AAAI-MLPS 2020: AAAI 2020 SPRING SYMPOSIUM: Combining Artificial Intelligence and Machine Learning with Physical Sciences

Country: USA

City: Stanford

Abstr. due: 15.11.2019

Dates: 23.03.20 — 25.03.20

Area Of Sciences: Technical sciences;

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Organizers: Stanford University


With recent advances in scientific data acquisition and high-performance computing, Artificial Intelligence (AI) and Machine Learning (ML) have received significant attention from the applied mathematics and physics science community. From successes reported by industry, academia, and the research community at large, we observe that AI and ML hold great potential for leveraging scientific domain knowledge to support new scientific discoveries and enhance the development of physical models for complex natural and engineered systems.

For example, deep learning can support discovery of new materials and high-energy physics from numerous computer simulations and experiments to allow us to learn low-dimensional manifolds underlying the acquired data in order to represent the system of interest parsimoniously and effectively. ML has offered new insights on adaptive numerical discretization schemes and numerical solvers, which are clearly distinct from traditional mathematical theories. AI also provides a new way of generalizing constitutive physics laws based on big scientific data sets.

Despite this progress, there are still many open questions. Our current understanding is limited regarding how and why AI/ML work and why they can be predictive. AI has been shown to outperform traditional methods in many cases, especially with high-dimensional, inhomogeneous data sets. However, a rigorous understanding of when AI/ML is the right approach is largely lacking. That is, for what class of problems, underlying assumptions, available data sets, and constraints are these new methods best suited? The lack of interpretability in AI-based modeling and related scientific theories makes them insufficient for high-impact, safety-critical applications such as medical diagnoses, national security, and environmental contamination and remediation. With transparency and a clear understanding of the data-driven mechanisms, the desirable properties of AI should be best utilized to extend current methods in modeling for physics and engineering problems. At the same time, handling expensive training costs and large memory requirements for ever-increasing scientific data sets is becoming more and more important to guarantee scalable science machine learning.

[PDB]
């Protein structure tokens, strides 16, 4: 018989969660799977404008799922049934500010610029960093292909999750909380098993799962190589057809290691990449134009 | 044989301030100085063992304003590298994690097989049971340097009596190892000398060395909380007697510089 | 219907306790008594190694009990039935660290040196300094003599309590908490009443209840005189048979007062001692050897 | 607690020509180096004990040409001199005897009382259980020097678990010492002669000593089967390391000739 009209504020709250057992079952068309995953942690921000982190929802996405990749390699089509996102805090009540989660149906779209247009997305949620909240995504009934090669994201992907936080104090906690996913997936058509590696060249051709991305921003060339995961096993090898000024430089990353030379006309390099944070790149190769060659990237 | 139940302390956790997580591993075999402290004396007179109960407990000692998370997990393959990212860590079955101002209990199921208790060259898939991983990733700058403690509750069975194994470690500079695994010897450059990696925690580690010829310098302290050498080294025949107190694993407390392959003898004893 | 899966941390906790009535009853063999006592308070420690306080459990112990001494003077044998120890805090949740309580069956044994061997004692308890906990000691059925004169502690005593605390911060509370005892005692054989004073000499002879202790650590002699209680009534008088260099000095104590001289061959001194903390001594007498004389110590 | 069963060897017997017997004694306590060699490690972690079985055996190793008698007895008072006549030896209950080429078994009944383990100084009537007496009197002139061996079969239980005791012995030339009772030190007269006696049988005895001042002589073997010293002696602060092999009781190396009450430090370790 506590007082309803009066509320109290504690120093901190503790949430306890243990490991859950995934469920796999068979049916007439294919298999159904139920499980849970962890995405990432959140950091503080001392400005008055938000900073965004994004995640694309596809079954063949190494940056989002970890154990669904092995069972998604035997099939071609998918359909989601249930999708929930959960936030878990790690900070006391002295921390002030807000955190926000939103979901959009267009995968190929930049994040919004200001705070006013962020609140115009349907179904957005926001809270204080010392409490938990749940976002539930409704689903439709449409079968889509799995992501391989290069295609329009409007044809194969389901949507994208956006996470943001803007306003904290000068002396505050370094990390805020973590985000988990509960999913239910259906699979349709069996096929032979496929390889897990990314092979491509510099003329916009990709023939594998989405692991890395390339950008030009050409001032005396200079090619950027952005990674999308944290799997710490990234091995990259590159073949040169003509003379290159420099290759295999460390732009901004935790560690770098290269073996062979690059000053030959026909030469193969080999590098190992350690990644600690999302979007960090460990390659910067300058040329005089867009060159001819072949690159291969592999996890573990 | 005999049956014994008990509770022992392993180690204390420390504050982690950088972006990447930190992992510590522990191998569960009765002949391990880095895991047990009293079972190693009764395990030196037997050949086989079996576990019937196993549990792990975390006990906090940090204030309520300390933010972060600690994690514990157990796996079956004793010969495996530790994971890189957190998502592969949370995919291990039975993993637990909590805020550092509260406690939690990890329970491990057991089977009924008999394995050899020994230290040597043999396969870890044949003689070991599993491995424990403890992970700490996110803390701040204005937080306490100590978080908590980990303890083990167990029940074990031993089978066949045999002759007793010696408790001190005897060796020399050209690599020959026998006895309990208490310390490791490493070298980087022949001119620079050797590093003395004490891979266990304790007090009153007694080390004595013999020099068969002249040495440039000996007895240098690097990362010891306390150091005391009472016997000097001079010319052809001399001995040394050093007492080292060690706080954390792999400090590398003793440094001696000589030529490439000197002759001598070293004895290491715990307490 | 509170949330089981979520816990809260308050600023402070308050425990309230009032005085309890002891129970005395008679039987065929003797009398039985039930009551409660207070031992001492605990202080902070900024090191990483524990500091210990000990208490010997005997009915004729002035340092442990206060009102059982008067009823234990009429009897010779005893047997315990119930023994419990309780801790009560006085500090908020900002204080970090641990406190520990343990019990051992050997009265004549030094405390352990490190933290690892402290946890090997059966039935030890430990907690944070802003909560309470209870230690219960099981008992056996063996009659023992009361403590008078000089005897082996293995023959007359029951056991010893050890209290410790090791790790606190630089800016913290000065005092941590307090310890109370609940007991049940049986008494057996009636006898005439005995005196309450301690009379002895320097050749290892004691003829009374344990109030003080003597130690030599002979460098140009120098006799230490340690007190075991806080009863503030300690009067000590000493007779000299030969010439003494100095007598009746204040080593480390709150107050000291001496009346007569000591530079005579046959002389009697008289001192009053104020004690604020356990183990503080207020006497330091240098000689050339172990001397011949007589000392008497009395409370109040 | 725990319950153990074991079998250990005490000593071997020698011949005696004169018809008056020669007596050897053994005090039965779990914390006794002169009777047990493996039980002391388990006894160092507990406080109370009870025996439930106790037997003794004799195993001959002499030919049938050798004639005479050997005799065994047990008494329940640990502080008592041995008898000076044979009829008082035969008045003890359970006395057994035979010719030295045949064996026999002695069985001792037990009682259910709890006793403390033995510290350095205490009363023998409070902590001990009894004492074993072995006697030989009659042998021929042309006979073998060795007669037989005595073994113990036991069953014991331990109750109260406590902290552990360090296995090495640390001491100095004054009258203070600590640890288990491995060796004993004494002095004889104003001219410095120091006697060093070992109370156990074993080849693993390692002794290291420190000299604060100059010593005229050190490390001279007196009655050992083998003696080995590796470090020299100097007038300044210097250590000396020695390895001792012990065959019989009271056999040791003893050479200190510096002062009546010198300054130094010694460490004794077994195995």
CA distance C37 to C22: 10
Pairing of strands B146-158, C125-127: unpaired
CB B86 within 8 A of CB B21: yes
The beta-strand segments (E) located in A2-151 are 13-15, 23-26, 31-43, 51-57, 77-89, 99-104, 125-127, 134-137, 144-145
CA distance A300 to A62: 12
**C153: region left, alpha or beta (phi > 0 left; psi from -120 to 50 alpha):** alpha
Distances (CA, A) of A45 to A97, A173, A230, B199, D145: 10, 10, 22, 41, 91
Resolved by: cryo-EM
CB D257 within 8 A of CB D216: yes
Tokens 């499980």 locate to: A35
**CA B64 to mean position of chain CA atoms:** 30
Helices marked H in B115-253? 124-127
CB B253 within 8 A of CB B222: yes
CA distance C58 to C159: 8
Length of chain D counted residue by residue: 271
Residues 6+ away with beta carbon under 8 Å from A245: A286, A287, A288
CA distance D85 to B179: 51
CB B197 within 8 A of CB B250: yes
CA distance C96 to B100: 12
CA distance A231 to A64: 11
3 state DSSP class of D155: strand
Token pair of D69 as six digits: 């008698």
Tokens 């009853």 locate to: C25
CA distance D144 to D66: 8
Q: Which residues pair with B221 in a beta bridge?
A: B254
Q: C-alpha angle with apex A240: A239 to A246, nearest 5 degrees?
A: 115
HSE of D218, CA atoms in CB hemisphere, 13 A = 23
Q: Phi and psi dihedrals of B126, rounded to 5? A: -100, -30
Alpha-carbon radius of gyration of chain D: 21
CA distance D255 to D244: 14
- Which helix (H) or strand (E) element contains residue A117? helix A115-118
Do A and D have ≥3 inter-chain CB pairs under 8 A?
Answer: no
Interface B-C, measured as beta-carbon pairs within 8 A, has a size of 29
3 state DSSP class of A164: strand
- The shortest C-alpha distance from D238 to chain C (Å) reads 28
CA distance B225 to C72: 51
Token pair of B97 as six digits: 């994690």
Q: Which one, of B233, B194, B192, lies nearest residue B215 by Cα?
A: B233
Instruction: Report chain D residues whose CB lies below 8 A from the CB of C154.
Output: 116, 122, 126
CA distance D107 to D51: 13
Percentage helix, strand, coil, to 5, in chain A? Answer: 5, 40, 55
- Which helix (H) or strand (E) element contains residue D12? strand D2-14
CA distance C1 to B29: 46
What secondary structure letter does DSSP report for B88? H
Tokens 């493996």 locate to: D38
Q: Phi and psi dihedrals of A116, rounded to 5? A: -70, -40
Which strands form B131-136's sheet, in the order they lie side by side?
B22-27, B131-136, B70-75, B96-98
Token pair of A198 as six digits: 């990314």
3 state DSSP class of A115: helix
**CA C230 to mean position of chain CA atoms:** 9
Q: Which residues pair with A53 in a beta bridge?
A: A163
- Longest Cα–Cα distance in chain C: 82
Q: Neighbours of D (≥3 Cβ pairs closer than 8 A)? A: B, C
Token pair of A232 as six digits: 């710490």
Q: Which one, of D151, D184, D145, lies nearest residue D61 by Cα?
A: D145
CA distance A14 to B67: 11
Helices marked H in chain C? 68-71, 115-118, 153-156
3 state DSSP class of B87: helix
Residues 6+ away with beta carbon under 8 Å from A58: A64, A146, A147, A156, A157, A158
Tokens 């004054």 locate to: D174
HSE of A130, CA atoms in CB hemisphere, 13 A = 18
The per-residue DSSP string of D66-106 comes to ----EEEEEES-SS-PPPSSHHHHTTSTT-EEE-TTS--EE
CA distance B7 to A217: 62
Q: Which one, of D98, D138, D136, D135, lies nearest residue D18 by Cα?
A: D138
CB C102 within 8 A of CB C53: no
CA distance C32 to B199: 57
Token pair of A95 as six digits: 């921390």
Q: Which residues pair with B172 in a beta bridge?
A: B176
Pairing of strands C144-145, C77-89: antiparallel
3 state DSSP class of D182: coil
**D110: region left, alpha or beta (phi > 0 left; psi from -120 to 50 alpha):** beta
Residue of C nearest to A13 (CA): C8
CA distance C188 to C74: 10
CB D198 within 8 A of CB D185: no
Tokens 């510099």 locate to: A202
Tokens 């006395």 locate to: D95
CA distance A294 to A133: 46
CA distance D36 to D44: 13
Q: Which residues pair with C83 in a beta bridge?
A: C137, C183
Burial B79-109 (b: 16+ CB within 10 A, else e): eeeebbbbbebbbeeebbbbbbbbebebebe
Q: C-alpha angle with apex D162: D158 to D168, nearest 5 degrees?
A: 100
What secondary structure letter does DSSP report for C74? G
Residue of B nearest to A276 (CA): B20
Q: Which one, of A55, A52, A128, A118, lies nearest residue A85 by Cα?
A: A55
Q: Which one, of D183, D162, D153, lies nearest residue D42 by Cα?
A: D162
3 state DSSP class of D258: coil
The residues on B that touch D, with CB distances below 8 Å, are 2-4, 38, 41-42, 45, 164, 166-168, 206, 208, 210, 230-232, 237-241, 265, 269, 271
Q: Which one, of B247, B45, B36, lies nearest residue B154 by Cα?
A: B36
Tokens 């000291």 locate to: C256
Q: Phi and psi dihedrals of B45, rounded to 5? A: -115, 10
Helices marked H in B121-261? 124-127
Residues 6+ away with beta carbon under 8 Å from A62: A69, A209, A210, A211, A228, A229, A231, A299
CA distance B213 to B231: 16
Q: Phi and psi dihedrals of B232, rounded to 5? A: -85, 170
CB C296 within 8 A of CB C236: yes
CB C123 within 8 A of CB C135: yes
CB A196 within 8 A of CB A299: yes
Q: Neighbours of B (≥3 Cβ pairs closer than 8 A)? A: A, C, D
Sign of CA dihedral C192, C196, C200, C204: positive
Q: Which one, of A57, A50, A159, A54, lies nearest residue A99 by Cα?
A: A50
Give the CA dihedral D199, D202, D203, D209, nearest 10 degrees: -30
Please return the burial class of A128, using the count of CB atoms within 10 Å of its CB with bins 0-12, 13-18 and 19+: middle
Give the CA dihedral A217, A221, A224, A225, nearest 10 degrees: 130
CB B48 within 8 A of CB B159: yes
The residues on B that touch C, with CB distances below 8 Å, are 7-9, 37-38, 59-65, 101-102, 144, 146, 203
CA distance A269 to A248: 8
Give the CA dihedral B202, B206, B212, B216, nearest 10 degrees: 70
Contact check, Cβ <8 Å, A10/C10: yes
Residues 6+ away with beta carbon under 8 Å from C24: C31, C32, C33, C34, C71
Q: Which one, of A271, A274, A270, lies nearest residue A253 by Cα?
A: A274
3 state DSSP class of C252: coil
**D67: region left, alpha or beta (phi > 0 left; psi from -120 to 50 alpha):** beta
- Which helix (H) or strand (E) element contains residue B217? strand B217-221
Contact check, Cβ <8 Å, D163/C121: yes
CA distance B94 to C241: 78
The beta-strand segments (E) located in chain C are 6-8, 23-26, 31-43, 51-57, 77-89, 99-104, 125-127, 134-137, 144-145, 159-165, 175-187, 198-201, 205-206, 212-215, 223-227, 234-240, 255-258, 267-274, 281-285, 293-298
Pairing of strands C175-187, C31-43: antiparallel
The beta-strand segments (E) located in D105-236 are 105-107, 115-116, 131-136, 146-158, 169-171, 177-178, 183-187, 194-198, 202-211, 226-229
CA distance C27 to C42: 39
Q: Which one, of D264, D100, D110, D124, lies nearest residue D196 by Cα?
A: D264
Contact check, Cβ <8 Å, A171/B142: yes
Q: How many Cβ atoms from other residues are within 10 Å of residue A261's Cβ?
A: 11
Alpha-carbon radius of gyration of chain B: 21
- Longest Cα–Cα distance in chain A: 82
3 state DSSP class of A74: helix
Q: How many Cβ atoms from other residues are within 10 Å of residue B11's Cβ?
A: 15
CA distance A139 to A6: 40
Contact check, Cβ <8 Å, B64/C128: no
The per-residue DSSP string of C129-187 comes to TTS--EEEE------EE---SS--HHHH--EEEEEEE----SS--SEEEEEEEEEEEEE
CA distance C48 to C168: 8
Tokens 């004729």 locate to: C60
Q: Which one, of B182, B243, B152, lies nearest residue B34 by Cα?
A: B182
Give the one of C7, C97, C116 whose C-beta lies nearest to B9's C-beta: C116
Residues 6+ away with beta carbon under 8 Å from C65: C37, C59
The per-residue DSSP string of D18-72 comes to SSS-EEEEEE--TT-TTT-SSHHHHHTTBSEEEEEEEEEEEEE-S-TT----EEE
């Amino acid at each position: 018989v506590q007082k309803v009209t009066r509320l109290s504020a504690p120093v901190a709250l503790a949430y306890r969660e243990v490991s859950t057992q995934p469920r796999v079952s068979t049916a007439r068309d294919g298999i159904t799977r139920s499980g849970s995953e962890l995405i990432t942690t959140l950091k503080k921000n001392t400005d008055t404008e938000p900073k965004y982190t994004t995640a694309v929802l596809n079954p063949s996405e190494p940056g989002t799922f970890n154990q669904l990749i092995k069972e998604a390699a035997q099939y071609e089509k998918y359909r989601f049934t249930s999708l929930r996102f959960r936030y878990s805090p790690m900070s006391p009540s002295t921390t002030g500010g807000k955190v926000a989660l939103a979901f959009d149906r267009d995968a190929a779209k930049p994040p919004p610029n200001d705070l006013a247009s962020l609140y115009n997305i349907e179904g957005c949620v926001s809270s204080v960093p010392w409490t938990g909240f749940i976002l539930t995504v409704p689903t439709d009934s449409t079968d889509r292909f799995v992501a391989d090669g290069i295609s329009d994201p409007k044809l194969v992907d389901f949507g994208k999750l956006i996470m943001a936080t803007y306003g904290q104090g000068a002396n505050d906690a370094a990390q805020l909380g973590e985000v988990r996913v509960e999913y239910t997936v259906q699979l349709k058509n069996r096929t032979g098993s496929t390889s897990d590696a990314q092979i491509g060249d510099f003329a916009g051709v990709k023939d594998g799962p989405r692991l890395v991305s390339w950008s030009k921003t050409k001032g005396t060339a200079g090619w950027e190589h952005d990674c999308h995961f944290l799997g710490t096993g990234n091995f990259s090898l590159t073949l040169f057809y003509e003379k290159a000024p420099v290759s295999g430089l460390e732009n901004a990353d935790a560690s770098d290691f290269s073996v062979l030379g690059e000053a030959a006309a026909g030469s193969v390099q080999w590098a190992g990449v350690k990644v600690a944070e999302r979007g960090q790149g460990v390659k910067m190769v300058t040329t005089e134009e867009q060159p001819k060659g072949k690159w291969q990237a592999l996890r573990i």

This symposium will aim to present the current state of the art and identify opportunities and gaps in AI/ML-based physics modeling and analysis. The symposium will focus on challenges and opportunities for increasing the scale, rigor, robustness, and reliability of physics-informed AI necessary for routine use in science and engineering applications and discuss bridging AI and engineering research to significantly advance diverse scientific areas and transform the way science is done.

List of Topics

Authors are strongly encouraged to present papers that combine and blend physical knowledge and artificial intelligence/machine learning algorithms. Topics of interest include but are not limited to the following:

  • Artificial intelligence/machine learning framework that can seamlessly synthesize models, governing equations and data
  • Algorithms for scalable physics-informed learning
  • Stability and error analysis for physics-informed learning
  • Software development facilitating the inclusion of physics domain knowledge in learning
  • Applications incorporating domain knowledge into machine learning

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